It was around 3am last night. With my balcony window wide open to try to stay cool, distant chanting slipped into my room along with the night air. "Stå upp, vi är gul och blå," a group of fans were singing. Even in my Kyiv suburb, far from the fan zone or the much written-about Swedish campsite, yellow and blue fans had reason to stand up. Their team went out, but on a high note.
As far as eliminations go, I can't remember one as sweet as this. Mainly because I can barely remember when I saw Sweden play 90 minutes of football to the same calibre that they did against France on Tuesday night. Possibly at UEFA EURO 2004, a good eight years ago.
There have been some great moments since, but rarely for the full length of a match and rarely against the same quality of opponents. France were unbeaten for 23 games until Erik Hamrén's team finally got their entire game plan together. Sweden could well have added two, three or four more goals if not for a magnificent Hugo Lloris display in the French goal.
Sweden were solid in defence, led by Olof Mellberg. They were precise in midfield, anchored by Kim Källström and Anders Svensson. And they were lethal in attack, primarily through Zlatan Ibrahimović. Too bad all these different parts in Hamrén's puzzle didn't fall into place earlier in the tournament.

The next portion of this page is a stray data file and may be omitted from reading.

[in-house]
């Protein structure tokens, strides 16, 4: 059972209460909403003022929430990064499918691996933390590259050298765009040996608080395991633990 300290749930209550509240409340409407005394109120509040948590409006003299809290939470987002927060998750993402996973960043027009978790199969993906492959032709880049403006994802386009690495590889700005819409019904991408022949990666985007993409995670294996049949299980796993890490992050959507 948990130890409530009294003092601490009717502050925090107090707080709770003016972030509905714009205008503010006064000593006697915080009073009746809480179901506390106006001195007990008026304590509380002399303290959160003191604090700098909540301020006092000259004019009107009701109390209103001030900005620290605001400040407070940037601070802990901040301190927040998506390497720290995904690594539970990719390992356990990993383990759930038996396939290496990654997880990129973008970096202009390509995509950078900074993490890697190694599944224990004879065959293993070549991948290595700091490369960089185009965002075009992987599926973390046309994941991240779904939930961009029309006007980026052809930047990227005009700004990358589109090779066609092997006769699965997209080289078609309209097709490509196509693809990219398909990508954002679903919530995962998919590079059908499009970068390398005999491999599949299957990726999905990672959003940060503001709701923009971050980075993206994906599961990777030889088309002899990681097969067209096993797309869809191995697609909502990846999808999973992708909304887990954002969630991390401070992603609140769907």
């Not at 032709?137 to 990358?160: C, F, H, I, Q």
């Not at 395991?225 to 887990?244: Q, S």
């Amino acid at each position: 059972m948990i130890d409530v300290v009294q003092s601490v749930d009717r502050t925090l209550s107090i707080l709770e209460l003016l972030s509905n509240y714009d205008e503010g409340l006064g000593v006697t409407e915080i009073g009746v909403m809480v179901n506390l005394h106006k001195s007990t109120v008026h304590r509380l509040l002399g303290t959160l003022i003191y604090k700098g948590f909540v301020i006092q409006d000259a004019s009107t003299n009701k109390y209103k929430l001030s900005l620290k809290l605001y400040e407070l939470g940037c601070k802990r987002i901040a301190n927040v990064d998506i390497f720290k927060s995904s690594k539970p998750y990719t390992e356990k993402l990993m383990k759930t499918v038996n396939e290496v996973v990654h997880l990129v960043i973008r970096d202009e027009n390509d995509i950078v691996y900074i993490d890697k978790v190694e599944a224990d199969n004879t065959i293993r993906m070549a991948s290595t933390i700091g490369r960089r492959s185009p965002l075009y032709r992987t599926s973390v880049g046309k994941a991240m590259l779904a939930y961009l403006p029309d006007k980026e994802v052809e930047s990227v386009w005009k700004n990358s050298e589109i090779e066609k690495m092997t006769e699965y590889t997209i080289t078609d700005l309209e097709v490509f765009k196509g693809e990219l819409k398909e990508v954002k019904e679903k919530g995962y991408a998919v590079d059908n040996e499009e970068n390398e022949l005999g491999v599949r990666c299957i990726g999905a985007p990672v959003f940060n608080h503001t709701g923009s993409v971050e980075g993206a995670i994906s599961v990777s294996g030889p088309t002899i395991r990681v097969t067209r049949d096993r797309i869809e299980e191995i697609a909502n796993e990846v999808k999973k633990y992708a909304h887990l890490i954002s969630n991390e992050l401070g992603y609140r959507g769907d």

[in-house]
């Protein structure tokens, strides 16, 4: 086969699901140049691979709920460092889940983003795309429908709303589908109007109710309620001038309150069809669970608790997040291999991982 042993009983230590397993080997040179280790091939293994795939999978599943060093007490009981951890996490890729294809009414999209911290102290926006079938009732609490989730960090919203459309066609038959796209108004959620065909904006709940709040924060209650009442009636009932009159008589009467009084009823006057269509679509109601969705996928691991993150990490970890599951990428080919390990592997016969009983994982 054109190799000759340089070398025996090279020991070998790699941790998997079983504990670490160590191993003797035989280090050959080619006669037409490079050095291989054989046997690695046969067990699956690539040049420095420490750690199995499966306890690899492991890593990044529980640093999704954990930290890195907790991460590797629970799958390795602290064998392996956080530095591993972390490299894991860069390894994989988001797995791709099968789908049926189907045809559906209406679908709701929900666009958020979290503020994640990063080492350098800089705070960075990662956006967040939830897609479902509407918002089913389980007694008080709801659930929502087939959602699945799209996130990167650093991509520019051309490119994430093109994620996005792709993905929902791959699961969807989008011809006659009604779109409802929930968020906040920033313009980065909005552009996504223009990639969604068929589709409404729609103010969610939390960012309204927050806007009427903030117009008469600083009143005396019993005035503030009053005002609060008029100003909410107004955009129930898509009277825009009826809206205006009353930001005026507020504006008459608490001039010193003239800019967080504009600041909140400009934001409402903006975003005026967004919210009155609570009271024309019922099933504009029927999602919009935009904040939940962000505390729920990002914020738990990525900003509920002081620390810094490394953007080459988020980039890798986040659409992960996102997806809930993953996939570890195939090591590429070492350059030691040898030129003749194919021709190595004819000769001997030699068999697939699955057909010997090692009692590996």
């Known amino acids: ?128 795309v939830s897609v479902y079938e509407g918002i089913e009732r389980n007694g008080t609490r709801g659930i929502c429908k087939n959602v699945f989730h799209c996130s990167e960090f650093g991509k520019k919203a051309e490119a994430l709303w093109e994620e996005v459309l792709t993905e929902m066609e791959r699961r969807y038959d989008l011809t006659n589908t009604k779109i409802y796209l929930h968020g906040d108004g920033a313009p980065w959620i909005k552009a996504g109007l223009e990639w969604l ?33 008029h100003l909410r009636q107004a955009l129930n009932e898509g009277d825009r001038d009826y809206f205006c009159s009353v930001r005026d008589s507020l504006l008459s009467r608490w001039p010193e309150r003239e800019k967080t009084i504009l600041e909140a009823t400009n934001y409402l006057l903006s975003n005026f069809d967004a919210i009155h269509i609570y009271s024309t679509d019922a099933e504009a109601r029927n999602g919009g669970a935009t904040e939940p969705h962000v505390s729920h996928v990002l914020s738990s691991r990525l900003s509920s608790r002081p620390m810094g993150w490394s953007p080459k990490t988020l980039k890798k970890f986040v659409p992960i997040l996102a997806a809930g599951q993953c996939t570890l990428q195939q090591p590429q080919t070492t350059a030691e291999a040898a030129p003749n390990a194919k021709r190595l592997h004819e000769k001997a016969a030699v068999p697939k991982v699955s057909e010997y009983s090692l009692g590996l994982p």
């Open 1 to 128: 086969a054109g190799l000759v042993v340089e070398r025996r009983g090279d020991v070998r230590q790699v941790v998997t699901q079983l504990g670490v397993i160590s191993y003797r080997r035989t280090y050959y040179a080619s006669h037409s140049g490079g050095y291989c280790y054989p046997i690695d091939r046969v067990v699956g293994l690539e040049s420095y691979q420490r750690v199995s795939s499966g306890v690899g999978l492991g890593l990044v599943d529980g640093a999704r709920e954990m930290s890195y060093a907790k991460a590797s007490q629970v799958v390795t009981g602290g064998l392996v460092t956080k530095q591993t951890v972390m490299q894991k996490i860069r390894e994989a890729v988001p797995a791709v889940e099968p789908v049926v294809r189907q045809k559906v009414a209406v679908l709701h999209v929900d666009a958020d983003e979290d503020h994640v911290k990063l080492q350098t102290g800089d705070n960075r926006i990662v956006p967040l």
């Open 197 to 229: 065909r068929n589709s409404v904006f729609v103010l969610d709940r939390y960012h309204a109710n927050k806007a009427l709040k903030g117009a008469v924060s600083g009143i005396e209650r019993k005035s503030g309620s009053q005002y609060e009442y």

The players I spoke to after the game had similar stories of pride at showing their real ability in the last match mixed with a sense of disappointment for not managing to earn at least one point more against Ukraine and England. So I was not the only one wondering what might have been had this team made the quarter-finals.
Ibrahimović had said earlier that though they had nothing to play for against France, their professional pride was at stake. His volley that made it 1-0 – one more addition to a lengthy personal highlight reel – was definitely something he should be proud of.
For Hamrén, pride was not the only thing at stake. The man who has led Sweden down a new path, built on ball possession and attack, had not seen an all-round effort until they met group leaders France. When I met him shortly after the final whistle, he said: "That we can win playing this way means an incredible amount for our self-belief and motivation to lay down the hard work so we can improve even more."
By the sound of it, Swedish fans should have reason to sing through the nights in foreign lands for many years to come.
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